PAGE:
The Project Delivery Methods for Building Automation Systems (BAS) Are Broken — We’re Here to Help Fix It
If you’re wondering why the building automation system (BAS) you just installed doesn’t work correctly, it might be your project delivery method. In this article, we’ll take a look at common issues with BAS project delivery methods and how they might affect your results.
The Problem with BAS Project Delivery Methods
We’ve seen it time and time again — consultants, architects, engineering professionals, and contractors in constant competition for that precious resource: TIME. The endless competition for time requires a continuous cycle of triaging priorities.
Unfortunately, engineering consultants and contractors tend to focus on the most impactful items early in the project and give lower priority to the building automation scope. These impactful items tend to be larger physical components such as chillers, large AHUs, and major infrastructure items that come with high price tags and demand engineering priority upfront.
This approach focuses to the larger pieces of the puzzle, while the “glue” that holds the puzzle together — the BAS — often gets pushed aside to be dealt with later on.
The exhaustive nature of time and resources makes the notion that BAS scope can be dealt with later a dangerously counterintuitive proposition. Therein lies the problem: the BAS project delivery method delays focusing on BAS until it becomes a complex problem later in the project. By then, resources are depleted and time is no longer on your side.
How Problematic Is a Poor BAS Project Delivery Method?
One of the primary reasons the BAS project delivery method fails is a lack of collaboration and communication among project stakeholders. Those involved (including building owners, architects, engineers, contractors, and BAS vendors) work in silos without proper coordination. This fragmented approach leads to misalignment, delays, and costly rework.
The lack of comprehensive planning and clear definition of BAS requirements is another major issue with current project delivery methods. Vague or inadequately detailed project specifications often lead to ambiguity and conflicting interpretations. As a result, the delivered BAS may not meet the building owner’s expectations or perform optimally.
After installation and commissioning, another challenge arises: inadequate training and knowledge transfer. Building owners and facility management teams often receive minimal training on operating and maintaining the BAS, which limits their ability to leverage its full potential. This lack of knowledge can lead to underused system capabilities and difficulties in troubleshooting issues.
The Effects of Bad Project Delivery Methods
The challenges presented at the end of a project (due to lack proper alignment on BMS scope) cause headaches. Whether you’re the capital project manager, operations director, engineer, or contractor, everyone suffers. Issues we’ve seen include:
- Lengthy, drawn-out commissioning processes at the end of a project
- BAS items make up 90% of the commissioning issues log
- Project schedule delays
- Increased potential for change orders due to lack of clarity around BAS scope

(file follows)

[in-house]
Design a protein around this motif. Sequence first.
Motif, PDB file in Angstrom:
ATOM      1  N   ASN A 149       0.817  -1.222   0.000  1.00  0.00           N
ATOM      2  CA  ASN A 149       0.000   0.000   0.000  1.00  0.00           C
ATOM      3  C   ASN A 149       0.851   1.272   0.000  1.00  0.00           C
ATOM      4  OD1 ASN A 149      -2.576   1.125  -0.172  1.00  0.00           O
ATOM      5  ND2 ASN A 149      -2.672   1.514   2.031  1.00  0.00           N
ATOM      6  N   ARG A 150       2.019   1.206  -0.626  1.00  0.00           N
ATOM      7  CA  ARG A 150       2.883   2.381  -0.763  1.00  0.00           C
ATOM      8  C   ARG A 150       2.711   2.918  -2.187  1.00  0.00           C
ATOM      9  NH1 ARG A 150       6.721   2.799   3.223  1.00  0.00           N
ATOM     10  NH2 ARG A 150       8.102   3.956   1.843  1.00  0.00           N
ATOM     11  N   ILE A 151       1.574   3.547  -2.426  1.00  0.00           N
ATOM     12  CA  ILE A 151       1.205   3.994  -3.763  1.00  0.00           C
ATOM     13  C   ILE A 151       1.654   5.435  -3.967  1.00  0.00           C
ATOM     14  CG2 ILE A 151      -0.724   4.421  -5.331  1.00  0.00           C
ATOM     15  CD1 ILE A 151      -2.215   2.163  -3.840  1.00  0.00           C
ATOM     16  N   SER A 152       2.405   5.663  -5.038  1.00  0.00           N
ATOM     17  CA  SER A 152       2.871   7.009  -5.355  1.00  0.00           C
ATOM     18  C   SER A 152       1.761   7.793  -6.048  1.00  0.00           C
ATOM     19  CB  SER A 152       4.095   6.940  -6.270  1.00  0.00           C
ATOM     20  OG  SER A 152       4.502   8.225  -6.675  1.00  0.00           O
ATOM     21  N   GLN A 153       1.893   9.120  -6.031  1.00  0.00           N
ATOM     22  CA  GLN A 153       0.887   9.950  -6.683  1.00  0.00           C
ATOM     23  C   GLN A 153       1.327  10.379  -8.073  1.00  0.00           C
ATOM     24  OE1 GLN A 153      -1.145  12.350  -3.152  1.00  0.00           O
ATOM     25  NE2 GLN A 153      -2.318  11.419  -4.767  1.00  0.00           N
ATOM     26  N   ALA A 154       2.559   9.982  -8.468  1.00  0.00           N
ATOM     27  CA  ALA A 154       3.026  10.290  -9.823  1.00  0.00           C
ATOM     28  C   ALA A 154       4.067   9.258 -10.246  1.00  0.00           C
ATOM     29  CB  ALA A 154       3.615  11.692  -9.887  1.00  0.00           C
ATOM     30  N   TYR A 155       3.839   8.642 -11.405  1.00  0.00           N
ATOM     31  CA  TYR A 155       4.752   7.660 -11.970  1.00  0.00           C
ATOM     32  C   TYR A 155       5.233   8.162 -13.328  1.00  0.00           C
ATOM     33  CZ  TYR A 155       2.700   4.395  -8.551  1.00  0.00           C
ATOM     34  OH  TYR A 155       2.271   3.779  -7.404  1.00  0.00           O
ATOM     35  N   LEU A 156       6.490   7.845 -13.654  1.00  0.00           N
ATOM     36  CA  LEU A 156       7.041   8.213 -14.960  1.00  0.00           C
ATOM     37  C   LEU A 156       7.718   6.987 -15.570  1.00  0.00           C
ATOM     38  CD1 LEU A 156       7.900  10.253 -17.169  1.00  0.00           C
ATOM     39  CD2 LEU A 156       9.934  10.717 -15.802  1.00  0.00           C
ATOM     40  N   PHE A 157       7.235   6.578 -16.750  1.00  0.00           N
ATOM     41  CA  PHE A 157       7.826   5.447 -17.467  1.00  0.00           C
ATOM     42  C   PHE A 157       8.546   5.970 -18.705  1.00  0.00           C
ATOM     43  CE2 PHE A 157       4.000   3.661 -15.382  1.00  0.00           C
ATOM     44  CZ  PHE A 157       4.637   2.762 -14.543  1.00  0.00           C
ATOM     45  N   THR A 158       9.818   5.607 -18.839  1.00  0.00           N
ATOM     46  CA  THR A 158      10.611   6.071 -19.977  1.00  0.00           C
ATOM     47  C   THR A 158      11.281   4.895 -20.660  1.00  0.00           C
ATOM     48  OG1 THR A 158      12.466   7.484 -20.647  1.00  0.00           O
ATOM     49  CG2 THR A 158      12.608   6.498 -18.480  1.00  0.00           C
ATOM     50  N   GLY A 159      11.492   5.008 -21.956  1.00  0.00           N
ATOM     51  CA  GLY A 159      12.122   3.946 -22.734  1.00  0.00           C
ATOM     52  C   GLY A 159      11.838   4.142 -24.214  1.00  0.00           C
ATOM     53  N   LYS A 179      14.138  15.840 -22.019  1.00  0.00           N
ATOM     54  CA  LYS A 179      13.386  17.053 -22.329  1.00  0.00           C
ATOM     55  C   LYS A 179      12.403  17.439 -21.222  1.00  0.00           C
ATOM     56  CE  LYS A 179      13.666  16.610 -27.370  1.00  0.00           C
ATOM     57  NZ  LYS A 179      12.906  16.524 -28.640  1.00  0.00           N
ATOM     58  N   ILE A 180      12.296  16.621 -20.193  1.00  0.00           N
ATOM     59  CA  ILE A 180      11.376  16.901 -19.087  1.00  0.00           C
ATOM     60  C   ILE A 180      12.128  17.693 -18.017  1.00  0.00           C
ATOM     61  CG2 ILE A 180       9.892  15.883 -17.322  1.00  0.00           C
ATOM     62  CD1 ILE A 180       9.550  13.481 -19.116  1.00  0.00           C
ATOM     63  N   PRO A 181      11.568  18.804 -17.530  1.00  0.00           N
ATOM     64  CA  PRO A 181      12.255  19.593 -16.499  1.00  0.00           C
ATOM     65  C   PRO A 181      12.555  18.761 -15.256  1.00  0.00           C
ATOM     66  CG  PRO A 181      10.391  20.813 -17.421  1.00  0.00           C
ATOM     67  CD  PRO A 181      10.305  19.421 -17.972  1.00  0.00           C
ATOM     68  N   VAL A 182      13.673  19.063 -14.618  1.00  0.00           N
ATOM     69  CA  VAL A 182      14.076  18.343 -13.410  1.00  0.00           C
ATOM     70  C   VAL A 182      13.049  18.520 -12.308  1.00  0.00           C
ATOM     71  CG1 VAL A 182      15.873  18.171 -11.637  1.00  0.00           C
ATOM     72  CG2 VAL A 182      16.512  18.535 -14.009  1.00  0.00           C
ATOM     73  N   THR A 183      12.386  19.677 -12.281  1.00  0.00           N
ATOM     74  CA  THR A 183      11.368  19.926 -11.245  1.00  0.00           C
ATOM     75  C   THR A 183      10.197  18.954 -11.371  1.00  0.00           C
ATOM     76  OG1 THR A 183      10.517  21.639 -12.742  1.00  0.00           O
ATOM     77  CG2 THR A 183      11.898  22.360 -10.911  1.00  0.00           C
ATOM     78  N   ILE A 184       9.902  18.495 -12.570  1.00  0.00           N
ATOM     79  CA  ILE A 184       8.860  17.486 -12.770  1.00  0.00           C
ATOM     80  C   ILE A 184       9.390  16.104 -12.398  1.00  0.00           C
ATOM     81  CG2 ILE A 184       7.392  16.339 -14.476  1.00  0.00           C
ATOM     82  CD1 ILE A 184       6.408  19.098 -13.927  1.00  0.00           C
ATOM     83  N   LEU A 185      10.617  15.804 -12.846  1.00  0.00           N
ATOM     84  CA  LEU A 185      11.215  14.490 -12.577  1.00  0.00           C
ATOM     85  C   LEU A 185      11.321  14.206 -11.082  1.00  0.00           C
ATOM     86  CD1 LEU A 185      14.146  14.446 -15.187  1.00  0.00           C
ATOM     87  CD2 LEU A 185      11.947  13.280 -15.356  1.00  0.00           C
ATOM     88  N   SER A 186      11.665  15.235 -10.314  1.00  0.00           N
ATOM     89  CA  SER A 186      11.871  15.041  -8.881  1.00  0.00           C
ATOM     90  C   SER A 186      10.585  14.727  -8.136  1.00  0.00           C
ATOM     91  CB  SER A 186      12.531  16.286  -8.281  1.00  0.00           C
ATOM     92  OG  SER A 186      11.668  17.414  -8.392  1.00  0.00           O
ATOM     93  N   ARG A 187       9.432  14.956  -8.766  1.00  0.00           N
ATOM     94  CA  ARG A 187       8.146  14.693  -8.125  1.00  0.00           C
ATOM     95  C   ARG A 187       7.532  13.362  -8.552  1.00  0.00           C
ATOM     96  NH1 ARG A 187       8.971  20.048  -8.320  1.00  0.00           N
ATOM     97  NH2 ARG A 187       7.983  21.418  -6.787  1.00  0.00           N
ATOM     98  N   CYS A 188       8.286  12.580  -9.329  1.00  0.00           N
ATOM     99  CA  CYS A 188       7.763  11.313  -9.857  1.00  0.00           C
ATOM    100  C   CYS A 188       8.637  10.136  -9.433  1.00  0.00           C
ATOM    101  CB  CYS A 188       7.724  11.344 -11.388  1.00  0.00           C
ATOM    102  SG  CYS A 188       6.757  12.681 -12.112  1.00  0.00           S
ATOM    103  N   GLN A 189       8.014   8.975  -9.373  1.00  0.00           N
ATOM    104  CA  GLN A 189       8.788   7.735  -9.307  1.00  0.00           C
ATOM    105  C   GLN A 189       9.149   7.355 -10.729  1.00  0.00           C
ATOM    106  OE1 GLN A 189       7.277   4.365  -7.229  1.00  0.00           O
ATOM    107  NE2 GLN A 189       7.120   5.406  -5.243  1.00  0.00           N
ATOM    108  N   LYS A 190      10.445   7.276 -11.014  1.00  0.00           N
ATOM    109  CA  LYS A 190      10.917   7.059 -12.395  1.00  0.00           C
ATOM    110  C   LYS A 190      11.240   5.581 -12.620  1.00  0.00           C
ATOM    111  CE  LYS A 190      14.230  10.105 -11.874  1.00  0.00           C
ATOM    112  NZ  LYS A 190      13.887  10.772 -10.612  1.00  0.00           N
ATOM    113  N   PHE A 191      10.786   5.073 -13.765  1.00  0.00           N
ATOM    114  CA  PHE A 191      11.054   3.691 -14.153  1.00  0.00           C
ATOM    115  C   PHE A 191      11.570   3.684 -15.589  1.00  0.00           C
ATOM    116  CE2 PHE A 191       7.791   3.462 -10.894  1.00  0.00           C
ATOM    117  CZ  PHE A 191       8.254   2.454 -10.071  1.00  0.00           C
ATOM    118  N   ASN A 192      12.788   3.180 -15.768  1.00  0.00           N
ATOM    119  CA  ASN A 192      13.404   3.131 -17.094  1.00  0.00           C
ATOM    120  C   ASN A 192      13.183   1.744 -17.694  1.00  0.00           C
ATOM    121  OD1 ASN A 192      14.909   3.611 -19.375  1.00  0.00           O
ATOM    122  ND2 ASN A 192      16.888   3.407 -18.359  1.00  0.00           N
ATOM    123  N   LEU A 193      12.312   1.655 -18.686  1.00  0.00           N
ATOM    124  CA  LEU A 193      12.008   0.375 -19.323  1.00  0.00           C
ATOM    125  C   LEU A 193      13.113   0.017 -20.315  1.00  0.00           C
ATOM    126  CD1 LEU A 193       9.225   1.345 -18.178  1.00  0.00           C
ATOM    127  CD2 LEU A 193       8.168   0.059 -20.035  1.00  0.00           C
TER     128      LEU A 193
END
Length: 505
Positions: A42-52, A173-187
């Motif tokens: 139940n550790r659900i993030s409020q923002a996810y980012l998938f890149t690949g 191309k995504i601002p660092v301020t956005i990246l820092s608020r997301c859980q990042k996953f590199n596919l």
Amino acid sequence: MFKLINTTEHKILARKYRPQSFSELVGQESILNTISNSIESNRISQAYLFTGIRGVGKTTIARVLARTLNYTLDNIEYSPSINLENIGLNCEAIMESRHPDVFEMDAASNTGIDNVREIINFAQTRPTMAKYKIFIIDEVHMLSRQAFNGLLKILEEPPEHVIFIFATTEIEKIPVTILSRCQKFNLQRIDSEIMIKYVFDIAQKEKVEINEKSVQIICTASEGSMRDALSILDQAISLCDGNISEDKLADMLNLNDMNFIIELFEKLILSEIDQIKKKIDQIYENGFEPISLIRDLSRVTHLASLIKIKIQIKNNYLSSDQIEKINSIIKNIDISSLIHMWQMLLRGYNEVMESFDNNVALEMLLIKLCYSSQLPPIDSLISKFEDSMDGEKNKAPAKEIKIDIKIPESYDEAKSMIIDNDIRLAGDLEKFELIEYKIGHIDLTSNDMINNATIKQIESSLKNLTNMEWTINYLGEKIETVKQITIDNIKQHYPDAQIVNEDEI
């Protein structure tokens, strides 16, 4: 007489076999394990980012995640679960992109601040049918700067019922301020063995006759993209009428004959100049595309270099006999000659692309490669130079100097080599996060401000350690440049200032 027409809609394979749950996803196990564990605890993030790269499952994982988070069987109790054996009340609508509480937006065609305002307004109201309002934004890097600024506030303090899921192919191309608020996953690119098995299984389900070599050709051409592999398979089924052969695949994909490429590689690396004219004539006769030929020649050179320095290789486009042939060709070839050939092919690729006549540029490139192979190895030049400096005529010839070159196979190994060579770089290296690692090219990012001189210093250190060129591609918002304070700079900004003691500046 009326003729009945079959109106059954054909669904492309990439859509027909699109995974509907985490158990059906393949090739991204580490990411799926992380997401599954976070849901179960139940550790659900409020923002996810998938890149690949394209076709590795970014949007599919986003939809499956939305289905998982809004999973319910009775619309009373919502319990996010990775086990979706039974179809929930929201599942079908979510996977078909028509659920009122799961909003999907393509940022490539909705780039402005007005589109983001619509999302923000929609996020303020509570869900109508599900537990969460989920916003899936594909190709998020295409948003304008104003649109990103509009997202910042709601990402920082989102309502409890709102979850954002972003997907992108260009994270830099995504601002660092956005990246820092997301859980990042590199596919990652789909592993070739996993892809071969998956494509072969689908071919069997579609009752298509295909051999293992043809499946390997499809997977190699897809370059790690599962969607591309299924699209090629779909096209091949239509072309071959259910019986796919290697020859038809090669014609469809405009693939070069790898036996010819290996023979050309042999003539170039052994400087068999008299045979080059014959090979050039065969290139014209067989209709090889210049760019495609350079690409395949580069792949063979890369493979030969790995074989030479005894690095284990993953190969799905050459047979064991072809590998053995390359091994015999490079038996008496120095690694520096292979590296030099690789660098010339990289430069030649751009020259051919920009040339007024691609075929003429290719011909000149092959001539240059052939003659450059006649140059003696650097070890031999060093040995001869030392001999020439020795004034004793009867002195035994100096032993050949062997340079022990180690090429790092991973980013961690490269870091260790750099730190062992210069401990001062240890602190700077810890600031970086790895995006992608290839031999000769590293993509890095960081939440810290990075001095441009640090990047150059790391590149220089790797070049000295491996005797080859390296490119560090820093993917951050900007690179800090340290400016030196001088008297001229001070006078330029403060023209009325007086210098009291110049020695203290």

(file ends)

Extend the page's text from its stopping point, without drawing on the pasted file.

- Deviations from owner standards due to rushed BAS scope
- Delays or challenges with balancing
- Alarms not working properly
- Trends not configured
- Excessive call backs to projects
- BAS communication issues causing critical system failures outages
Why Should You Change Your Project Delivery Method Now?
BAS plays an increasingly more important role in optimizing building system performance, improving energy efficiency, and delivering indoor air quality (IAQ). These aren’t the rudimentary systems of yesteryear. Network integration requirements, data collection issues, and energy dashboarding or metering needs require a dedicated focus in today’s climate.
Buildings of the future will require high-performing, properly engineered, and successfully delivered BAS in order to meet the challenges of increasing energy efficiency pressures and system performance needs.
“Energy efficiency” and “system performance” used to be industry buzz words, but today’s world has real financial implications tied to how a building performs. Your BAS is the central nervous system of the building and needs to work correctly to make the most of your building asset.
Benefits of Hiring a BAS-Focused Engineering Firm
The BAS project delivery method is indeed broken, but it can be fixed. BAS-focused firms like Enica Engineering are built to navigate this emerging and complex problem. We are your hedge against misalignment risks that can result in potentially serious short-term and long-term problems for your capital projects and operations teams.
Enica Engineering focuses solely on BAS scope. We emphasize collaboration and communication, define clear BAS project requirements, and provide comprehensive training to help ensure BAS implementations. Our goal is to deliver your desired outcomes and long-term benefits to you as the building owner.
We strive for a more efficient and effective approach to BAS project delivery that unlocks the full potential of building automation by creating sustainable and intelligent commercial buildings.